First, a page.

Thomas Merton continues to speak with a voice that is insightful, compelling, and prophetic. His extensive writings provide ample scope for any compiler who attempts to set before the reader a coherent introduction to his thought, his questions, his concerns, his passions.
Words mattered: they were Merton’s stock-in-trade, his first and most characteristic art form. Few people have been the subject of so much scrutiny and interpretation, but an anthology enables Merton to speak for himself, and it allows the reader to engage directly with a man who—fifty years after his death—remains a surprisingly contemporary figure, addressing time and again the issues that matter to us and to our world.
The following words are from Merton himself and can be found in my book The Art of Thomas Merton: A Divine Passion in Word and Vision.
Love is our true destiny. We do not find the meaning of life by ourselves alone. We find it with another.
Love seeks one thing only: the good of the one loved. It leaves all the other secondary effects to take care of themselves. Love, therefore, is its own reward.
Hope then is a gift…but to meet it we have to descend to Nothingness.
That’s the meaning of hope…to trust in the ultimate goodness of creation. Hope doesn’t mean an anticipation or expectation of a deliverance from an intolerable or oppressive situation or condition.… That’s what most of us are doing most of the time: wanting something other than what is. As I said—true hope is trusting that what we have, where we are, and who we are is more than enough for us as creatures of God.
If you exist, you exist in hope. To cease hoping is to cease existing. To hope, and to exist, is to have roots in God.
We are saved by hope for that which we do not see and we wait for it with patience.
On the surface I have my confusion. On a deeper level, desire and conflict. In the greatest depths, like a spring of pure water rising up in the flames of hell, is the smallness, the frailty of a hope that is, yet, never overwhelmed but continues strangely and inexplicably to nourish in the midst of apparent despair.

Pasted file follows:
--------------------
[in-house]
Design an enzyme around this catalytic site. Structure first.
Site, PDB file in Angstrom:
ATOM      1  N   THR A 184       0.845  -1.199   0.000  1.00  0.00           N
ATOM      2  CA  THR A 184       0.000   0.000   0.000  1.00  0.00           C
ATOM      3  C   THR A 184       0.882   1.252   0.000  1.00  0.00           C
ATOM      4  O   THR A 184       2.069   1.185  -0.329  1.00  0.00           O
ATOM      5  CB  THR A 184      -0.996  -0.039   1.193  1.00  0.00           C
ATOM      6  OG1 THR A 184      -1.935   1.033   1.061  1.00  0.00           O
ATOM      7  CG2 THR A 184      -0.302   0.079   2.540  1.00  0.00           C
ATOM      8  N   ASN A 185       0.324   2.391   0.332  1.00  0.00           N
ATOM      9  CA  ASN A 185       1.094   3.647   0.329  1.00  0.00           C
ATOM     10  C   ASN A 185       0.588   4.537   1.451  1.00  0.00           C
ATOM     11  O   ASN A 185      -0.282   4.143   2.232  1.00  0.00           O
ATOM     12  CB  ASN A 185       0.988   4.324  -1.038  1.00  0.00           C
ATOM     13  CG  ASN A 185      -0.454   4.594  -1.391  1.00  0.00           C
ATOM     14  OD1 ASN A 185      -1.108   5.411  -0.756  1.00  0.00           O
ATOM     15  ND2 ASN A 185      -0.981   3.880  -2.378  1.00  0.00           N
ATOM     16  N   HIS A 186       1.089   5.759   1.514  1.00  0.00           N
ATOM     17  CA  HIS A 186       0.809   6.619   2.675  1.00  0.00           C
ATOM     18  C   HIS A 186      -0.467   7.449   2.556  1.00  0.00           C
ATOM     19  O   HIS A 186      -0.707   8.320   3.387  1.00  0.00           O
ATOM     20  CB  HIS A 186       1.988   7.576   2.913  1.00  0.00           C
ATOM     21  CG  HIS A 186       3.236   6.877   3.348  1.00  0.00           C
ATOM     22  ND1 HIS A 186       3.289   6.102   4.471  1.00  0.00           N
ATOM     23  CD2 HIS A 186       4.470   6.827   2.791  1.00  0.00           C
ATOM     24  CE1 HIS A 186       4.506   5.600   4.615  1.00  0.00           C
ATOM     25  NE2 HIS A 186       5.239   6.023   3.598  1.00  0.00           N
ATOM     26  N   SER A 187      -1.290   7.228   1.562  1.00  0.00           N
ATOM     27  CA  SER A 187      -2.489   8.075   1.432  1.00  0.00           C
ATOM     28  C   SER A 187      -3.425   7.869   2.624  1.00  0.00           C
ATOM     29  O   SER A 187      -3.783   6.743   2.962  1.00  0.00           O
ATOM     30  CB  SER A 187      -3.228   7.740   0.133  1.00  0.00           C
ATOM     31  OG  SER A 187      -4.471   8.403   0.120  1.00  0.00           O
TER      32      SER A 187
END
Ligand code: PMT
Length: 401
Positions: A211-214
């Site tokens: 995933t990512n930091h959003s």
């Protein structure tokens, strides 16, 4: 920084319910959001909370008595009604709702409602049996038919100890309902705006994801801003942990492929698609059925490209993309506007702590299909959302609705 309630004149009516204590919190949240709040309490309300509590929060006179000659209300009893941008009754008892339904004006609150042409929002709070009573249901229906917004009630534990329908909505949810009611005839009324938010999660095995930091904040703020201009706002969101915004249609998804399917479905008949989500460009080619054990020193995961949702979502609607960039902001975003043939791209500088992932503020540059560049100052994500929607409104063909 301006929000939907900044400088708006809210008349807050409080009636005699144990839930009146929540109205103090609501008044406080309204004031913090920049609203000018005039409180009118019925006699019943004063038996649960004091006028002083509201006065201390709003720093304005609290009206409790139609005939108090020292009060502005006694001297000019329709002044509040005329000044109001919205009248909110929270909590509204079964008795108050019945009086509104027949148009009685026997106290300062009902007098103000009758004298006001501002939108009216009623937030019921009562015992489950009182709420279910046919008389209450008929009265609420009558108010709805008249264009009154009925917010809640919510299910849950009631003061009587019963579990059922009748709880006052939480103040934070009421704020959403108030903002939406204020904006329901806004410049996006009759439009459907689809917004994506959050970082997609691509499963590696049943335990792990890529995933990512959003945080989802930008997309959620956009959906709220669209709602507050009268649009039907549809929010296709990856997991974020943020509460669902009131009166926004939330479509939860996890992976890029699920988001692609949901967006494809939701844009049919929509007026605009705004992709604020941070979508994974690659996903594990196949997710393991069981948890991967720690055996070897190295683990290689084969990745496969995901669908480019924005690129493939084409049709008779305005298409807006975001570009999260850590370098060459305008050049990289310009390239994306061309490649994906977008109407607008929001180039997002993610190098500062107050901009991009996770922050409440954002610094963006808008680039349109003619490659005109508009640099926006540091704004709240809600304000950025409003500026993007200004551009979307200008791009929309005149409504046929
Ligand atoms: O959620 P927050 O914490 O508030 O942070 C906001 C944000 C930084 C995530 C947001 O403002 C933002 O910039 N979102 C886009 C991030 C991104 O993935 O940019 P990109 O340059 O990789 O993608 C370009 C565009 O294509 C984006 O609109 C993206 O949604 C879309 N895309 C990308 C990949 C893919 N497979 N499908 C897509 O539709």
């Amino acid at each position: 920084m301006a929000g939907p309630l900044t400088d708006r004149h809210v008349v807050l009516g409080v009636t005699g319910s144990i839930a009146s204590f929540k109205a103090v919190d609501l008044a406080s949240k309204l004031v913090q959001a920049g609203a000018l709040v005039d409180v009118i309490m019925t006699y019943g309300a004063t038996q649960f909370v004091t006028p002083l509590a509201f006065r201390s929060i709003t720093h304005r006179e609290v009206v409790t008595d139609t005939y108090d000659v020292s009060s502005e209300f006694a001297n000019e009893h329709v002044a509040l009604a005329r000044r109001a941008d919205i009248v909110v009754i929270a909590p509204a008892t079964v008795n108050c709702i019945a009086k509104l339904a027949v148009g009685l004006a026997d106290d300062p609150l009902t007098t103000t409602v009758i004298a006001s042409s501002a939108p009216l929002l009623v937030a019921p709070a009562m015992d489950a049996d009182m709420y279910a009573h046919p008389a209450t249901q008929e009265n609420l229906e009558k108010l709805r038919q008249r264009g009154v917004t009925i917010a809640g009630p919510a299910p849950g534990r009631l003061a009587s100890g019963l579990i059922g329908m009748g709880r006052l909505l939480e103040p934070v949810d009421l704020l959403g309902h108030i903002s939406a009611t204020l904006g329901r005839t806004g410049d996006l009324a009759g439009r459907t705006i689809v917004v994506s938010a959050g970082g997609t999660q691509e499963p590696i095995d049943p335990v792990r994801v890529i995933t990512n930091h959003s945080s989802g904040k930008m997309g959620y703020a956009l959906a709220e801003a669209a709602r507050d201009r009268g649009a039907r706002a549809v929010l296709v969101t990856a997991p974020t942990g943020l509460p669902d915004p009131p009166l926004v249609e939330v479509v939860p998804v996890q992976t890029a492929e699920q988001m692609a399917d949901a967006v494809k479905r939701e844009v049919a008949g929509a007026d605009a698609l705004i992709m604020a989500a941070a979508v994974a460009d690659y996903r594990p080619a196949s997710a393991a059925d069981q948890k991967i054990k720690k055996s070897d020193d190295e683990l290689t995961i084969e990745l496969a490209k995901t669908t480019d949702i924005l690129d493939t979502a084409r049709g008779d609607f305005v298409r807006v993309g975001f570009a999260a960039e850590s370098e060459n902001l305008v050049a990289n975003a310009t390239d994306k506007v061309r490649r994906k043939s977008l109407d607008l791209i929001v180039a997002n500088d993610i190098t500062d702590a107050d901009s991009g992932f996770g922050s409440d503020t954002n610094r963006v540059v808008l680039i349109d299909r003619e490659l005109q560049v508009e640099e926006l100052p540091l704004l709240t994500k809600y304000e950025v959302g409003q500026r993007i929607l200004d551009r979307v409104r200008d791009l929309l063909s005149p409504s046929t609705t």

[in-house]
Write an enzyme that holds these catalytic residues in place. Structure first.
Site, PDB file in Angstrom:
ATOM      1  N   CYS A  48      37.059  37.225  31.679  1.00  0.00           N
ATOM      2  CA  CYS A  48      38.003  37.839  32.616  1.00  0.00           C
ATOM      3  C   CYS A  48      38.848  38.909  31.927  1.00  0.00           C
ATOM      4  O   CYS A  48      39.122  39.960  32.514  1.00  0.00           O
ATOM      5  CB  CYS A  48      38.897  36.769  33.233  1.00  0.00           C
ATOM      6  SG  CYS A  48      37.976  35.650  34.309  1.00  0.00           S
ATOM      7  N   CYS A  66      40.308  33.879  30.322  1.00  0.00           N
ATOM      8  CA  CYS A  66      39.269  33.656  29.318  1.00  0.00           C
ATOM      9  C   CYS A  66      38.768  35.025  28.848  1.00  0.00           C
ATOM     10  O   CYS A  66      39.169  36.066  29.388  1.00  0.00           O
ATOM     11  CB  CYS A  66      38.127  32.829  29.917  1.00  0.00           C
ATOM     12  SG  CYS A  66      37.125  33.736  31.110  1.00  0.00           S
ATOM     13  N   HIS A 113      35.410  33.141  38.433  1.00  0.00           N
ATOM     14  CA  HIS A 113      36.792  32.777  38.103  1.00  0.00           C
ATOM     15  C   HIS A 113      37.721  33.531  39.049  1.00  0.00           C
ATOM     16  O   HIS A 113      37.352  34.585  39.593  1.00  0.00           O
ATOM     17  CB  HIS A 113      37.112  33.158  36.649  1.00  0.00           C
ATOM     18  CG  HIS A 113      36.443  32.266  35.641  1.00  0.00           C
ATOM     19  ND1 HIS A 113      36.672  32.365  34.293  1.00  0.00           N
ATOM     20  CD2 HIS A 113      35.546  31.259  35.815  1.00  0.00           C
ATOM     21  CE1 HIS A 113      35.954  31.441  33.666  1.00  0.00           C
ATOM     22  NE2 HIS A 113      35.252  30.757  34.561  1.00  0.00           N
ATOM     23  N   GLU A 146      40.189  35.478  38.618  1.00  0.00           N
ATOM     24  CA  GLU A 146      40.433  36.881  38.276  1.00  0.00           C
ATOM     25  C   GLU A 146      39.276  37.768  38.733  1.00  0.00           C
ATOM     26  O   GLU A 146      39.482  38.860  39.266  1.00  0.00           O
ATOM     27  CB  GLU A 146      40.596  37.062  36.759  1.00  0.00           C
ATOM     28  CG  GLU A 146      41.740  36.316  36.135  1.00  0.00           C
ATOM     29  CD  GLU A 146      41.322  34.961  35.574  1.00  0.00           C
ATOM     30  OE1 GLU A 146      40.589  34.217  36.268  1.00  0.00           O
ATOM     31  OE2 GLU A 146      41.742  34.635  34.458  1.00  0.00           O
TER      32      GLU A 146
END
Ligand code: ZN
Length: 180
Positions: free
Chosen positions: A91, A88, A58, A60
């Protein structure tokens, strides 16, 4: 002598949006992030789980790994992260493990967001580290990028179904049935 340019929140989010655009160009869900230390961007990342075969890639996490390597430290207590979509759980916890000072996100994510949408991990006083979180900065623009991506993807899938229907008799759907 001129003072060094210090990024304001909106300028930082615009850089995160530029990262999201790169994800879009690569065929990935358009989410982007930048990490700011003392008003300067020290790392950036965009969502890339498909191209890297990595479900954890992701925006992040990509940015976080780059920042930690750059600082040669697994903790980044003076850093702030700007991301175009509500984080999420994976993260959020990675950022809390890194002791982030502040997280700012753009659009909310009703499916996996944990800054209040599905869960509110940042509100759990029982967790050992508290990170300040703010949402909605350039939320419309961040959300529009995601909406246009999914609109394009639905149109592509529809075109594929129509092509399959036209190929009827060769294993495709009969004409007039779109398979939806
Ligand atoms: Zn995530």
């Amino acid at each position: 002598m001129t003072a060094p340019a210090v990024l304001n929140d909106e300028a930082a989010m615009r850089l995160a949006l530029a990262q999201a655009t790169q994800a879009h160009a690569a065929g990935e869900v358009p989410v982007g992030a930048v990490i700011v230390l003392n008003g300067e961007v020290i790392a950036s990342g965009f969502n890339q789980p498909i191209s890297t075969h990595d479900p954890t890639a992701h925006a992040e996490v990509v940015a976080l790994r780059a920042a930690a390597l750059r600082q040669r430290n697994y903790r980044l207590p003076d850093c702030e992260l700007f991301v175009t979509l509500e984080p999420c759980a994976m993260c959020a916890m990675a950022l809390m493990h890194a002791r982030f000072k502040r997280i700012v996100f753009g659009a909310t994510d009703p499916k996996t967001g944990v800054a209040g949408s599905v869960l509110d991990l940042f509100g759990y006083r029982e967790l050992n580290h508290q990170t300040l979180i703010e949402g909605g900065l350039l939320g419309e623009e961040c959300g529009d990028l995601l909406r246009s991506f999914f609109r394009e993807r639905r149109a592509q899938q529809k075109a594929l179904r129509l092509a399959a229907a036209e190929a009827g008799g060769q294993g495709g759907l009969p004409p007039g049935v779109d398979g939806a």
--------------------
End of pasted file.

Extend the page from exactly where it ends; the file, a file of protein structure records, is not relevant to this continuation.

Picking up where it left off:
The real hope, then, is not in something we think we can do, but in God who is making something good out of it in some way we cannot see. If we can do His will, we will be helping this process. But we will not necessarily know about it beforehand.
Hope then is a gift. Like life, it is a gift from God, total, unexpected, incomprehensible, undeserved…but to meet it, we have to descend into nothingness.
It is the acceptance of life in the midst of death, not because we have courage, or light, or wisdom to accept, but because by some miracle the God of life Himself accepts to live, in us, at the very moment when we descend into death.
As Christ said, the seed in the ground must die. To be a seed in the ground of one’s very life is to dissolve in that ground in order to become fruitful. One disappears into Love, in order to “be Love.”
Anyone who has read the prophets and the New Testament with any attention recognizes that one of the most essential facts regarding Christianity is that, being a religion of love, it is also at the same time a religion of dynamic change.
Christian hope is confidence…in the dynamism of unfailing love.
The secret country is a country of loneliness and of a kind of hunger, of silence, of perplexity, of waiting, of strange hopes: where men expect the impossible to be born but do not always dare to speak of their hopes.
A Prayer from Thomas Merton
My Lord God
I have no idea where I am going.
I cannot see the road ahead of me
and I do not know for certain where it will end.
Nor do I know myself,
and the fact that I think I am following your will
does not mean that I am actually doing so.
But I believe
that the desire to please you
does in fact please you.
And I hope
that I have that desire in all that I am doing.
I hope I will never do anything apart from that desire.
And I know that if I do this
you will lead me by the right road,
though I may know nothing about it.
Therefore I will trust you always.
Though I may seem to be lost and in the shadow of death,
I will not fear,
for you are ever with me,
and will never leave me
to face my perils alone.